Thursday, November 15, 2012

Hurricane Sandy

A hurricane visit threatened a few times in North Carolina, but one finally found us here in Connecticut. To be honest we were fairly lucky, we didn't get a ton of rain and so we were saved from any flooding. The wind was strong and crazy and after six hours of surviving it's wrath, the power flickered a few times and went out for good for six days. My poor parents picked an exciting or rather boring time to come and visit us. But they got to experience their first hurricane so I guess they'll always have that. I don't think any of us expected their trip to be a camping trip, but that's what they got. No showers, cooking over a tiny camping stove and reading by flashlight and lantern. The storm also had poor timing as far as effectively trapping us in right after my uncle passed away. We made flights out soon after we heard, but they were subsequently cancelled. Russ was a saint and watched all the children, plus worked from home, when my parents and I finally flew out four days after the storm hit. We weren't sure we were going to get off the tarmac, after sitting on it for two hours, but I think all of us practically melted in relief when we left the hurricane mess behind us.

The morning after the storm we were greeted with a couple of small trees that fell over in our yard and two huge trees, that fell in just the right way, a couple of houses down the street. I was amazed how so many people were so blessed that trees and debris fell in just the right way.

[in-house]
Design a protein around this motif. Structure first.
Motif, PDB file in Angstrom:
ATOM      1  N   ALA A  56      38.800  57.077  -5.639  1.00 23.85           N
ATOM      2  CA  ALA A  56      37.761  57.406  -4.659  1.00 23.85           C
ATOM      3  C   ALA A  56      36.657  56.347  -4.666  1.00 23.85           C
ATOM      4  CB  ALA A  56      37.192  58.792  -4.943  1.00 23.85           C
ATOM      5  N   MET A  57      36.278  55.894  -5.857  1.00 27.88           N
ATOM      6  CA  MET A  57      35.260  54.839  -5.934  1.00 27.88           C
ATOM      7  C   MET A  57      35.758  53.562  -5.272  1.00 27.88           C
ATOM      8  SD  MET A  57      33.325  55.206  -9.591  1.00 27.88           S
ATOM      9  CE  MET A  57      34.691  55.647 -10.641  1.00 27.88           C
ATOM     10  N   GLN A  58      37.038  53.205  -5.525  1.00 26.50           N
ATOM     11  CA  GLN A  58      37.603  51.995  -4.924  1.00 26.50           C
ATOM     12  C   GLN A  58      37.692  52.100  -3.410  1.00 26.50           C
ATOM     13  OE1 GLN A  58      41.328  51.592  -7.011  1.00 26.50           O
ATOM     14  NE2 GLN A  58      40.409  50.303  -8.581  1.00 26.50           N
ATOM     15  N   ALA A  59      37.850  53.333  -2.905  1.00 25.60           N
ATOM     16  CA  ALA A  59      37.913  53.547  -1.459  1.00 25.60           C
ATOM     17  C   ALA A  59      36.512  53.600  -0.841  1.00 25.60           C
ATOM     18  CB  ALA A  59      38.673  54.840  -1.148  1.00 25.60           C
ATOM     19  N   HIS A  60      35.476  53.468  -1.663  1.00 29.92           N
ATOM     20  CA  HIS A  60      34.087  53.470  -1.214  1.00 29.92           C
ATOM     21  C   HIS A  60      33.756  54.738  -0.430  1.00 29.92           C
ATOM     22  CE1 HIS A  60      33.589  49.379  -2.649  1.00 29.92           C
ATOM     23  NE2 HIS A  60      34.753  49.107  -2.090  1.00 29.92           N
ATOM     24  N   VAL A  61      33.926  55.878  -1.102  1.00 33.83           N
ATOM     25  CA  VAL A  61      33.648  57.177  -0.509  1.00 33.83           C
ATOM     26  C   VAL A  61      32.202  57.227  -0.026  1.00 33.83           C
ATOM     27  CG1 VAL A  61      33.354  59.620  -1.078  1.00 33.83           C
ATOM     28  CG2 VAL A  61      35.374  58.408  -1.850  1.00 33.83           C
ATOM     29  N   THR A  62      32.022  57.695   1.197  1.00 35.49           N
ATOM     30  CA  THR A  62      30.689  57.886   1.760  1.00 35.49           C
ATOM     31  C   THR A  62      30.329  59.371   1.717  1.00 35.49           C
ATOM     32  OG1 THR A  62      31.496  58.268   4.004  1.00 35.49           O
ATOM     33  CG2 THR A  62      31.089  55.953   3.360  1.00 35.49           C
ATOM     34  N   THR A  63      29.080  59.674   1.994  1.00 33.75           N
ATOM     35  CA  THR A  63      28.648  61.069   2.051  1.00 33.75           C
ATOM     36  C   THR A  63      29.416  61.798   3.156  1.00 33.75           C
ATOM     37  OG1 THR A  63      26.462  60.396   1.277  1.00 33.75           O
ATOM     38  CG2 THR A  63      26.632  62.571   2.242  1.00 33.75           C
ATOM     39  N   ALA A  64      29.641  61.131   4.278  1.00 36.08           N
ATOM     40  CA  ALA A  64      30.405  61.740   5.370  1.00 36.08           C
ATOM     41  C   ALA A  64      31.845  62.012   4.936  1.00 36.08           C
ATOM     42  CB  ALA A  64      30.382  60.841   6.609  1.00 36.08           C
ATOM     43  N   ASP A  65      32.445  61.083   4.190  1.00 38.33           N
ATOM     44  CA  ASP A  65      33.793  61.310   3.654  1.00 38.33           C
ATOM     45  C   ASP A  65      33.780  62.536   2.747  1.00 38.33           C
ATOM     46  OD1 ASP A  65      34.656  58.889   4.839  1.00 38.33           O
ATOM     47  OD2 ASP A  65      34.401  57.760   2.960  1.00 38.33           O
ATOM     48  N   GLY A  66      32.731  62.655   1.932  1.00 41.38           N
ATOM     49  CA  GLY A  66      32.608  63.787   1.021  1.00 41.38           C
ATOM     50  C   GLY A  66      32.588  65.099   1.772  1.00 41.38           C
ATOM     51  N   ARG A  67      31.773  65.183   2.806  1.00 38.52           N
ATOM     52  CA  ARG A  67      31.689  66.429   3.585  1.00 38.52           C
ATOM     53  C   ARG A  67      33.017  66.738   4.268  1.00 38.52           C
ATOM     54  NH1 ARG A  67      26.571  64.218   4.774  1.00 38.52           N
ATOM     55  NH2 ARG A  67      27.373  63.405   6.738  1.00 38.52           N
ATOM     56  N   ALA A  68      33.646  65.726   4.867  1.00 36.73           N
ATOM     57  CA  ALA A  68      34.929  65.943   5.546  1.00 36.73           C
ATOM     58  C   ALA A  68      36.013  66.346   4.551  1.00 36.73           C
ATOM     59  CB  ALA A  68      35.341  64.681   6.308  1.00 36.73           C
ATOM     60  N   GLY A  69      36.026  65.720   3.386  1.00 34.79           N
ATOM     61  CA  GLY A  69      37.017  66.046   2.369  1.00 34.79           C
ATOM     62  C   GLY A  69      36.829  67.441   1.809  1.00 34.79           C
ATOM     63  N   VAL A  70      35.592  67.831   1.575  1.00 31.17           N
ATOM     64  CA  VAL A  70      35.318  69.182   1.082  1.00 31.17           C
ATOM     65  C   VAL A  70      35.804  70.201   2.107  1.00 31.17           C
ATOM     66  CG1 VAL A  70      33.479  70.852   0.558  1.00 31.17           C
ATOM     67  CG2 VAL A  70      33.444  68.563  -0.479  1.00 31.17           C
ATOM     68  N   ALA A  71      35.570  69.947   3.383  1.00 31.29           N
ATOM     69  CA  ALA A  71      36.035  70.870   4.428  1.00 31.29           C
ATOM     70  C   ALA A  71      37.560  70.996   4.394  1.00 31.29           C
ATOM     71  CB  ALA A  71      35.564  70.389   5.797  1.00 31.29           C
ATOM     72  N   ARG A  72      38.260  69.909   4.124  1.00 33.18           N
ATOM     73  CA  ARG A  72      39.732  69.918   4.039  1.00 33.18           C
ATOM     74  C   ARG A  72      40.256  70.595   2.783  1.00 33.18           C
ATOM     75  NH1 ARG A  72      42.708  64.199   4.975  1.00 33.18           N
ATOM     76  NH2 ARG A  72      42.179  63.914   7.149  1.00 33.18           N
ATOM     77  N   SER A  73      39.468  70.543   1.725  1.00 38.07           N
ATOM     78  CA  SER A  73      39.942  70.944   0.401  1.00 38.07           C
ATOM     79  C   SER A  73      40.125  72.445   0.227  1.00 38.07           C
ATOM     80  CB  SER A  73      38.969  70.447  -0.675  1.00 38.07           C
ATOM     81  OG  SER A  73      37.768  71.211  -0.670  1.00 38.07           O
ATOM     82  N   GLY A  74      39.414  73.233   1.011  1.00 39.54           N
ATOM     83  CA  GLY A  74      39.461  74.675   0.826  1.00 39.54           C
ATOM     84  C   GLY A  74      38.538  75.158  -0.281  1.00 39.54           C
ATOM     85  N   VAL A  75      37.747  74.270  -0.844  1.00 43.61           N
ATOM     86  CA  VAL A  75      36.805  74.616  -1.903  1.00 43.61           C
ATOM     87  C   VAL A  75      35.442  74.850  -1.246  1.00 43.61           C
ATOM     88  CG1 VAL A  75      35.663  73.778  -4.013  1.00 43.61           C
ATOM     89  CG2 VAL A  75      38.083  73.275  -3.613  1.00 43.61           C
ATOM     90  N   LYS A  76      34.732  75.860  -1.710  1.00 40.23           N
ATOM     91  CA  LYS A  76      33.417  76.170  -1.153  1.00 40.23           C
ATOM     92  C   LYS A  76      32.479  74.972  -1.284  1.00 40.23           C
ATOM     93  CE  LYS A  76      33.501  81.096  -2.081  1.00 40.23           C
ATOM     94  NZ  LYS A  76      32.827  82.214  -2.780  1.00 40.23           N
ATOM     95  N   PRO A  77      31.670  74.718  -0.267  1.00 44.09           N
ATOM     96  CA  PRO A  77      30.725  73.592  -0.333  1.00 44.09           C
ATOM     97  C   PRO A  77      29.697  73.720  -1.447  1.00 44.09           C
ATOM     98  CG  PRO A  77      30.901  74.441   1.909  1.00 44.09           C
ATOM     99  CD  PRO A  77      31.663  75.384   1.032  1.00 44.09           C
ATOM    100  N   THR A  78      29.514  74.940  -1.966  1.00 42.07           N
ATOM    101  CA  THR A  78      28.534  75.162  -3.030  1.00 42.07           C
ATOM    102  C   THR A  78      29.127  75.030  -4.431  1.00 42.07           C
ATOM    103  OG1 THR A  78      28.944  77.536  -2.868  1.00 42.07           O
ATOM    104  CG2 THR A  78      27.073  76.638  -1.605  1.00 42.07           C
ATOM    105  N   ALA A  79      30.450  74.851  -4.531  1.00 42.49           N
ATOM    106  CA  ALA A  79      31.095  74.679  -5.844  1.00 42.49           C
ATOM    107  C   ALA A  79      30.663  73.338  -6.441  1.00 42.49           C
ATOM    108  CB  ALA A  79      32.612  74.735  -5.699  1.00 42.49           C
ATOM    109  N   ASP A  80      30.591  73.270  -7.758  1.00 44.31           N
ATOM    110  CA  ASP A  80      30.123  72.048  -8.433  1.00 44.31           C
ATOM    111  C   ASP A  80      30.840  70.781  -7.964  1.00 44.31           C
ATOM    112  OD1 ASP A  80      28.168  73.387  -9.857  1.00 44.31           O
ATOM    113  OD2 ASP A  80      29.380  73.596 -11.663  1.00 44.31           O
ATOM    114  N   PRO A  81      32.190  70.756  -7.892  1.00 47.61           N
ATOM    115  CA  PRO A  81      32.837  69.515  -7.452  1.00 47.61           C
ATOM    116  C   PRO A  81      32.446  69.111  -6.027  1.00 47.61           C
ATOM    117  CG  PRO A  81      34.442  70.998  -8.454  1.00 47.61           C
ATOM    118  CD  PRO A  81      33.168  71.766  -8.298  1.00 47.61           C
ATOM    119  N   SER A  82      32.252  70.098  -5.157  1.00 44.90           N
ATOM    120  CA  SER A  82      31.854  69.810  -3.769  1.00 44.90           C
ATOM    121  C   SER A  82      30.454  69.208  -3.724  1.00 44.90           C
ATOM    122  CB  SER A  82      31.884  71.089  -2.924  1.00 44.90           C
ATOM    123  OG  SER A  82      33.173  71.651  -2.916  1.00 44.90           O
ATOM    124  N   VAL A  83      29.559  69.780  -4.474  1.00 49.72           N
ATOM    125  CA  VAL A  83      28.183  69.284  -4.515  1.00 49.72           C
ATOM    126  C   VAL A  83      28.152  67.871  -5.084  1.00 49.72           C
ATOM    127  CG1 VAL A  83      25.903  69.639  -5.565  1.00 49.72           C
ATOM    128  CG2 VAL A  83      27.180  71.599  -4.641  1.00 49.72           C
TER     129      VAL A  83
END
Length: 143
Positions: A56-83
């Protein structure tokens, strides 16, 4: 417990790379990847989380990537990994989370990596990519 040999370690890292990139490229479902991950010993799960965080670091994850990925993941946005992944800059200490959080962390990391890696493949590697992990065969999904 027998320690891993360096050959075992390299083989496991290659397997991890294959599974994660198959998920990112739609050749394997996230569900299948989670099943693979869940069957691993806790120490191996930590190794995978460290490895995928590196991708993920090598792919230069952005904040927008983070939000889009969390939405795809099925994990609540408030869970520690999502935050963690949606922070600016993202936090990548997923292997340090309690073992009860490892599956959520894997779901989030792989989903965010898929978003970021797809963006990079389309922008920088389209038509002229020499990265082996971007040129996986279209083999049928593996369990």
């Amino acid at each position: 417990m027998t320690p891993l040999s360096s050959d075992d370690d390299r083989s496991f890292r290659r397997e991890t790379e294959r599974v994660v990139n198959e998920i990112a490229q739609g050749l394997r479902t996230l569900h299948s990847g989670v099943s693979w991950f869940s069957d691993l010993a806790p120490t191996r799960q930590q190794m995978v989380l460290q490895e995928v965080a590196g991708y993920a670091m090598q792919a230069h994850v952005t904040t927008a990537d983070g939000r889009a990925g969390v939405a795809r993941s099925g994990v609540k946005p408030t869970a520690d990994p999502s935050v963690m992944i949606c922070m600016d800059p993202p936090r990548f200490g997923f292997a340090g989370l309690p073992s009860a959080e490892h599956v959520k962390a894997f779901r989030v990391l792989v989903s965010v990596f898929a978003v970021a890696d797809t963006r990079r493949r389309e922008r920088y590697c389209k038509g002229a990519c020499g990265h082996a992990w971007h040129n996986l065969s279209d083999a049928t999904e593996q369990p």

Last Saturday Russ let me be the one to go and help with some apartments that had flooded in South Norwalk. It was a Stake service project with the new Mormon Helping Hands campaign. I loved being able to get out and do some good work that seemed to be appreciated and was very much needed.

Tree Blocking Our Street


Downed Power Line

Tree Slingshot
Another Look at the Tree Blocking Our Street

Top of the Power Lines Hammocking in Other Power Lines
Additional Huge Pine Across the Street from the one in Earlier Pictures


Friday, November 9, 2012

Kim Taylor Stewart


My uncle passed away two weeks ago. He was so young and he was such a big part of my life. I've never had someone pass away unexpectedly, especially not someone whom I considered a second father. Growing up my family and his family would see each other at least four times a year, even though they lived in Washington and we lived in Utah. We would meet each other at a beach house in Capistrano and invade Disneyland, the beach, San Diego and Magic Mountain every year, in the spring. He was always there at Christmas and Independence Day. So many of our vacations were coupled with his. He let me come and spend weeks at his home in the summer. We camped together and hiked up Timpanogos and across Southern Utah. My Dad and he would talk every Sunday night and I always looked forward to his calls. I loved answering when he called, because I got to sneak in a chance to talk to him and find out when we'd get to see him and his kids next. If I didn't get to talk to him, I would shamelessly listen into their conversation to see when we'd be getting together. Every time he left, I'd ask when he was coming down again. He always laughed and I know he must have been slightly weary with how insistent I was, but it was that important to me.